Pius XI, who wished to resume the work of the previous Council, consulted his cardinals on the suitability of convening a council for the conclusion of Vatican I. According to the investigations of Father Giovanni Caprile, 26 responses are preserved in the Vatican archives. Only two responded negatively: Austrian Cardinal Andreas Frühwirth (1845-1933) and Cardinal Billot. The latter reasoned that, because of their difficulties and dangers, the era of ecumenical councils seems to have definitively ended, especially the danger that the Modernists would take advantage of the Council “to make a revolution, a new 1789, the object of their hopes and dreams.”
Being French, Billot could not but be very much upset by seeing the turn of events in the France of the 1920s. The papal nuncio in Paris seemed to have supported the Masonic left-wing coalition of Herriot-Blum. Some days later, in a papal audience, Pius XI complained bitterly to Cardinal Billot:
“Your Eminence, your French have voted very badly.”
“Your Holiness, your nuncio has done everything that was needed for that.”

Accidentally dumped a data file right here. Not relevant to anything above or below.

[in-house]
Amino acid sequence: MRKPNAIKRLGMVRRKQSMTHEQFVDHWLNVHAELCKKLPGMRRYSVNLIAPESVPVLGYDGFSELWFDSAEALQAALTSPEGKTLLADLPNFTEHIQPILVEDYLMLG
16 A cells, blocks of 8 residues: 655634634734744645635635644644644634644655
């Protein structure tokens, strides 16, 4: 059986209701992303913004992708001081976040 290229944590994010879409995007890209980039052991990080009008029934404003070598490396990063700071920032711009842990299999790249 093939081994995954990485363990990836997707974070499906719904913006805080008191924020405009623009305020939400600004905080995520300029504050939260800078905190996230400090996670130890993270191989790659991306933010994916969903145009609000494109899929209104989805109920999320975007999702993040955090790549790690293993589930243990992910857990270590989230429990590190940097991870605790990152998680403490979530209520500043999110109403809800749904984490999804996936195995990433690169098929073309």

“My nuncio? My nuncio? He follows my orders! It is my politics, my politics, my politics...”
On another issue, some pages of Charles Maurras, leader of the monarchical movement Action Française, had the enviable privilege of being reproduced in the treatise of Cardinal Billot, De Ecclesia, regarding relationships between religious authority and secular authority. It is worth quoting Maurras on his view of the democratic rule.
“We have too much respect for the nation to tell it: It is enough to count the incompetent voices so as to resolve questions of a very general interest which require long years of study, of practice or meditation. It is enough to collect and add the suffrages of the ignoramuses to succeed in the most delicate choices...The government by the number tends to the disorganization of the country. It destroys by force everything which tempers it, everything which naturally differs: religion, family, traditions, classes, organization of all types, etc.”